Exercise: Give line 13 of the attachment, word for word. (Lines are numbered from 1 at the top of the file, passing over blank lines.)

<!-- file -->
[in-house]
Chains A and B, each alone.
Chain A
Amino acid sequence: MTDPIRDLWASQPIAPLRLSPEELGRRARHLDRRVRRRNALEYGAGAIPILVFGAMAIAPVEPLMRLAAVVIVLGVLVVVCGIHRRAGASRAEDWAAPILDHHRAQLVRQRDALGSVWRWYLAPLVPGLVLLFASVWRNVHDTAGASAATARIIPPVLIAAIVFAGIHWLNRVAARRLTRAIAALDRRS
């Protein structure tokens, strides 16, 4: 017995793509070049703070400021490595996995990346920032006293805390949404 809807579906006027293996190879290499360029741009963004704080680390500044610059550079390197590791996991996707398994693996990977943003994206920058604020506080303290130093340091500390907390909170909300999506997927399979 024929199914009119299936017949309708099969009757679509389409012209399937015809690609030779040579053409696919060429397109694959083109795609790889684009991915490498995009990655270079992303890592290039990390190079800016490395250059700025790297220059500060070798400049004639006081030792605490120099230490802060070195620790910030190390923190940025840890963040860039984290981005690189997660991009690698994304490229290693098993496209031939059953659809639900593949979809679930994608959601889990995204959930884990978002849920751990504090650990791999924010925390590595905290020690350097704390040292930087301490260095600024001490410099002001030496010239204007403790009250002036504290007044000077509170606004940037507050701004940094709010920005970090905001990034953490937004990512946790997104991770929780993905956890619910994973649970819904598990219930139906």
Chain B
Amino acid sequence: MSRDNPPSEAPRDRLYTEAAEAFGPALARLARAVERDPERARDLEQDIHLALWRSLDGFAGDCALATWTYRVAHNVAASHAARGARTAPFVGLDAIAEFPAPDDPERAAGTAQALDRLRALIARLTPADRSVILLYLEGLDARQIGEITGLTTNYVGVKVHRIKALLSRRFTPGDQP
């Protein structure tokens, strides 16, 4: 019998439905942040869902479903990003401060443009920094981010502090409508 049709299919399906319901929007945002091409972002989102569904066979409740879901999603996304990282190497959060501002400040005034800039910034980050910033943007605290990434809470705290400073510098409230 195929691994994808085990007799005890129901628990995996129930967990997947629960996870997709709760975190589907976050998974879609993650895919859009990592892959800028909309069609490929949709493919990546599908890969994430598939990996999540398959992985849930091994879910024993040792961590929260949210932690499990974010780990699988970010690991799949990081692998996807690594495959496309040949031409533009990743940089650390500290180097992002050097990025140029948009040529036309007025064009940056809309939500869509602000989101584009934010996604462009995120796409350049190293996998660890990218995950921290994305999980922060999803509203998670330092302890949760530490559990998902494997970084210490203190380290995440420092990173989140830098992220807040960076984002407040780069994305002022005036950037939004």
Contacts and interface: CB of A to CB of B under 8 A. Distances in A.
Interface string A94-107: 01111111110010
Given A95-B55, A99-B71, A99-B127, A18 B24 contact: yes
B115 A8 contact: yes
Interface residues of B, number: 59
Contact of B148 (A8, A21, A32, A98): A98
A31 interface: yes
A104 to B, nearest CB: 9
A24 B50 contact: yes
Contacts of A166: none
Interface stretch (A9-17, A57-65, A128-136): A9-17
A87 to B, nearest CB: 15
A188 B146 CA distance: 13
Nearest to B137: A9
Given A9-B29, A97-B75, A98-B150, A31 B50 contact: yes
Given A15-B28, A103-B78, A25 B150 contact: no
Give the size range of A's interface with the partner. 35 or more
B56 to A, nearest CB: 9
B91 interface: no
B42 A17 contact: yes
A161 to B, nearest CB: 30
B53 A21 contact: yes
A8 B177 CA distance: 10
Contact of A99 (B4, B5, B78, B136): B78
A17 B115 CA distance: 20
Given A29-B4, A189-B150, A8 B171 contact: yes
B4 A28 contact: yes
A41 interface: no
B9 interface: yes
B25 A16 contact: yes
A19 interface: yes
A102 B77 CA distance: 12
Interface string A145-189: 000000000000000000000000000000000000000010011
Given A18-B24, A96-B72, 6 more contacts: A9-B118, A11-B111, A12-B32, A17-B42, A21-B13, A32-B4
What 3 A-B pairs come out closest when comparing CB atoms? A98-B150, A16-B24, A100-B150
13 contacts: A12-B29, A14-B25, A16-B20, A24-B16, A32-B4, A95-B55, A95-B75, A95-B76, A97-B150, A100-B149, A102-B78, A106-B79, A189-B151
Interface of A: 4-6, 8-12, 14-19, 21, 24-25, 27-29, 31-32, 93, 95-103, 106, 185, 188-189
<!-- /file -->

Interface residues of B, number: 59